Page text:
An Analysis of Imran Khan’s Conspiracy Theory

Imran Khan’s Conspiracy Theory

    The recent no-trust motion by the opposition has been interpreted by Imran Khan as part of a “foreign-funded conspiracy” to bring down his government. He said these things on March 27 at his party’s power show in Islamabad called Amr Bil Maroof (join the good). At the time, however, he was unwilling to elaborate.

    In the present day, we have a wealth of information. We all know that the letter was sent by the Pakistani ambassador to the US at the time and that an American diplomat, whose name has also been made public, told him about the threat during a meeting.

    Imran Khan’s statement has two parts. First, there is a plot against his government from outside of his country, and the US is trying to get rid of his government. The second part of what he said was about the other side. The second point he makes is that US diplomats have recently met with opposition leaders and dissident members of parliament.

    According to Imran Khan, the opposition is complicit in the plot to topple the government and is being used as a pawn by foreign powers. He also said that the motion of no confidence was paid for with money from outside the country. The political opponents of Imran Khan and his allies are now being labelled as enemies and traitors by the group.

    First of all, it’s a fact of history that the United States has changed the governments of many countries and is basically an irresponsible superpower that is used to messing with other countries. So we have reason to doubt the US. It’s unclear, however, if they have any bearing on the current crisis.

    It has since come to light that a US State Department official made these ominous comments to the Pakistani diplomat during their meeting. One could argue, though, that it was a threat from the government or something the diplomat said. In one of their statements, the U.S. said that the accusations were not true. Given that their diplomat has made such a grave threat without authority, the United States must act against him.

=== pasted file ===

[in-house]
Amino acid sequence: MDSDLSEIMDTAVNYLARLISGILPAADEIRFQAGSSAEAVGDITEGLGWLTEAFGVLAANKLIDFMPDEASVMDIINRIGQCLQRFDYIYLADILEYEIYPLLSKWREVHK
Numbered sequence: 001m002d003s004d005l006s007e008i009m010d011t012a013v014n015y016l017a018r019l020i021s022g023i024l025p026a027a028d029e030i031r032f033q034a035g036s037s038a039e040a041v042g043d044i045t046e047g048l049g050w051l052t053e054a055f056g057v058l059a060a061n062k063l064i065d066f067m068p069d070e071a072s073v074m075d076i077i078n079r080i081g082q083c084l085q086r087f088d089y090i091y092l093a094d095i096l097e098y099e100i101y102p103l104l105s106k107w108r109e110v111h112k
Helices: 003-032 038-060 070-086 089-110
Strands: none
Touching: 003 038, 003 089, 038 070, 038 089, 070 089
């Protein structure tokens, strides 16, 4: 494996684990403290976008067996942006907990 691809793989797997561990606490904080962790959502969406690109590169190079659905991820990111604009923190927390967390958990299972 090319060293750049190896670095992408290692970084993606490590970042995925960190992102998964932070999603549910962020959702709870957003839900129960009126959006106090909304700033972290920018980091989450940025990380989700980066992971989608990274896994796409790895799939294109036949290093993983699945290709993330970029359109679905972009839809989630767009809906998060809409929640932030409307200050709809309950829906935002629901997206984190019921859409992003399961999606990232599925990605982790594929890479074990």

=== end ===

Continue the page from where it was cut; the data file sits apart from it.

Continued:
The U.S. believes Pakistan should side with the West over Ukraine. That’s not what Pakistan did. When the Americans got mad, they started making threats. It makes sense. The question is, though, why Imran Khan? Everyone is aware of the level of authority that the Prime Minister of Pakistan possesses in matters pertaining to both the nation’s security and international relations.

    Nawaz Sharif, Yousuf Raza Gilani, Shahid Khaqan Abbasi, and Imran Khan all have ownership of these policies, but none of them have the authority to impose them on the rest of the country. The authority of the Establishment of National Security Policies could not be changed

    The question here is why Imran Khan was the target of a threat in the first place. He didn’t decide to go to Russia on his own; the Establishment gave him advice. This visit also had to do with working with China. After talking about it, everyone agreed, and Prime Minister Imran Khan went to Russia. It’s not like Americans don’t know about any of this. They know a lot about the power centres in Pakistan. They have worked with Islamabad and Pindi for a long time. Consequently, I am curious as to why Imran is being singled out.